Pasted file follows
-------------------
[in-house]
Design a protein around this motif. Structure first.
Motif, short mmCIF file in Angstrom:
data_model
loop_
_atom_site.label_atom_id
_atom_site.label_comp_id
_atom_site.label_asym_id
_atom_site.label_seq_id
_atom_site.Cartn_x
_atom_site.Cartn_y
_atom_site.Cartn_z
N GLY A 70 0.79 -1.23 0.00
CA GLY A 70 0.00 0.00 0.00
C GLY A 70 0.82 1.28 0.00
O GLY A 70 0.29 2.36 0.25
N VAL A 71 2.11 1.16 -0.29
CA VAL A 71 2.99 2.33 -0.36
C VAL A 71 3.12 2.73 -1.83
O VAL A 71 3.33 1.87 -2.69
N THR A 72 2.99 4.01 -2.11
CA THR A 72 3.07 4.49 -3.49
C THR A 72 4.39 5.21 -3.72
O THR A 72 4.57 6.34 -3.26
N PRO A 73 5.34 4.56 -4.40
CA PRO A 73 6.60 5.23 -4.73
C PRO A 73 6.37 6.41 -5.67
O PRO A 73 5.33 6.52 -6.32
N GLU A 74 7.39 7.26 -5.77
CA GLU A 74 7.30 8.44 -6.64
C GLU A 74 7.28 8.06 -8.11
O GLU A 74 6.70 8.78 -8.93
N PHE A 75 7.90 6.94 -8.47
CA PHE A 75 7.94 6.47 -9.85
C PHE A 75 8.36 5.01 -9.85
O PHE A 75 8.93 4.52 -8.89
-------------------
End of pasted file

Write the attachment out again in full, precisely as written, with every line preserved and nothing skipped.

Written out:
[in-house]
Design a protein around this motif. Structure first.
Motif, short mmCIF file in Angstrom:
data_model
loop_
_atom_site.label_atom_id
_atom_site.label_comp_id
_atom_site.label_asym_id
_atom_site.label_seq_id
_atom_site.Cartn_x
_atom_site.Cartn_y
_atom_site.Cartn_z
N GLY A 70 0.79 -1.23 0.00
CA GLY A 70 0.00 0.00 0.00
C GLY A 70 0.82 1.28 0.00
O GLY A 70 0.29 2.36 0.25
N VAL A 71 2.11 1.16 -0.29
CA VAL A 71 2.99 2.33 -0.36
C VAL A 71 3.12 2.73 -1.83
O VAL A 71 3.33 1.87 -2.69
N THR A 72 2.99 4.01 -2.11
CA THR A 72 3.07 4.49 -3.49
C THR A 72 4.39 5.21 -3.72
O THR A 72 4.57 6.34 -3.26
N PRO A 73 5.34 4.56 -4.40
CA PRO A 73 6.60 5.23 -4.73
C PRO A 73 6.37 6.41 -5.67
O PRO A 73 5.33 6.52 -6.32
N GLU A 74 7.39 7.26 -5.77
CA GLU A 74 7.30 8.44 -6.64
C GLU A 74 7.28 8.06 -8.11
O GLU A 74 6.70 8.78 -8.93
N PHE A 75 7.90 6.94 -8.47
CA PHE A 75 7.94 6.47 -9.85
C PHE A 75 8.36 5.01 -9.85
O PHE A 75 8.93 4.52 -8.89